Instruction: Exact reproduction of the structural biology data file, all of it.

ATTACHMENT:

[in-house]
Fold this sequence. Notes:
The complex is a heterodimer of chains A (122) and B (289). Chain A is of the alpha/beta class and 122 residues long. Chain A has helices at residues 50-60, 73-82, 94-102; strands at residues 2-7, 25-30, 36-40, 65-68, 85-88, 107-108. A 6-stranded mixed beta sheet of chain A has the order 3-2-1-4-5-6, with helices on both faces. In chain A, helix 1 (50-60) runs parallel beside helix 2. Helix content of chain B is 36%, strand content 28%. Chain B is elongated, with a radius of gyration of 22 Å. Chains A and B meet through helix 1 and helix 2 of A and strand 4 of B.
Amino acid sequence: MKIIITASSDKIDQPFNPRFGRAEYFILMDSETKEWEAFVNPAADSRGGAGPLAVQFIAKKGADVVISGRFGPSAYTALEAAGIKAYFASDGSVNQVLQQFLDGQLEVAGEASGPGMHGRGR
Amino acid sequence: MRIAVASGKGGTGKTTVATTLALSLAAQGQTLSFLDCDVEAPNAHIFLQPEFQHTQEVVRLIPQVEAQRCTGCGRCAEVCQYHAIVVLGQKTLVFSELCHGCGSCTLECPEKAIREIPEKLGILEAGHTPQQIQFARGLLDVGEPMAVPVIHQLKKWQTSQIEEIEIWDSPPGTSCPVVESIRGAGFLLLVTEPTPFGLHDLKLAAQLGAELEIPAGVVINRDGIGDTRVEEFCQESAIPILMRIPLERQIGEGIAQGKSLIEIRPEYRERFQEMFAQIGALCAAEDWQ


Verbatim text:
[in-house]
Fold this sequence. Notes:
The complex is a heterodimer of chains A (122) and B (289). Chain A is of the alpha/beta class and 122 residues long. Chain A has helices at residues 50-60, 73-82, 94-102; strands at residues 2-7, 25-30, 36-40, 65-68, 85-88, 107-108. A 6-stranded mixed beta sheet of chain A has the order 3-2-1-4-5-6, with helices on both faces. In chain A, helix 1 (50-60) runs parallel beside helix 2. Helix content of chain B is 36%, strand content 28%. Chain B is elongated, with a radius of gyration of 22 Å. Chains A and B meet through helix 1 and helix 2 of A and strand 4 of B.
Amino acid sequence: MKIIITASSDKIDQPFNPRFGRAEYFILMDSETKEWEAFVNPAADSRGGAGPLAVQFIAKKGADVVISGRFGPSAYTALEAAGIKAYFASDGSVNQVLQQFLDGQLEVAGEASGPGMHGRGR
Amino acid sequence: MRIAVASGKGGTGKTTVATTLALSLAAQGQTLSFLDCDVEAPNAHIFLQPEFQHTQEVVRLIPQVEAQRCTGCGRCAEVCQYHAIVVLGQKTLVFSELCHGCGSCTLECPEKAIREIPEKLGILEAGHTPQQIQFARGLLDVGEPMAVPVIHQLKKWQTSQIEEIEIWDSPPGTSCPVVESIRGAGFLLLVTEPTPFGLHDLKLAAQLGAELEIPAGVVINRDGIGDTRVEEFCQESAIPILMRIPLERQIGEGIAQGKSLIEIRPEYRERFQEMFAQIGALCAAEDWQ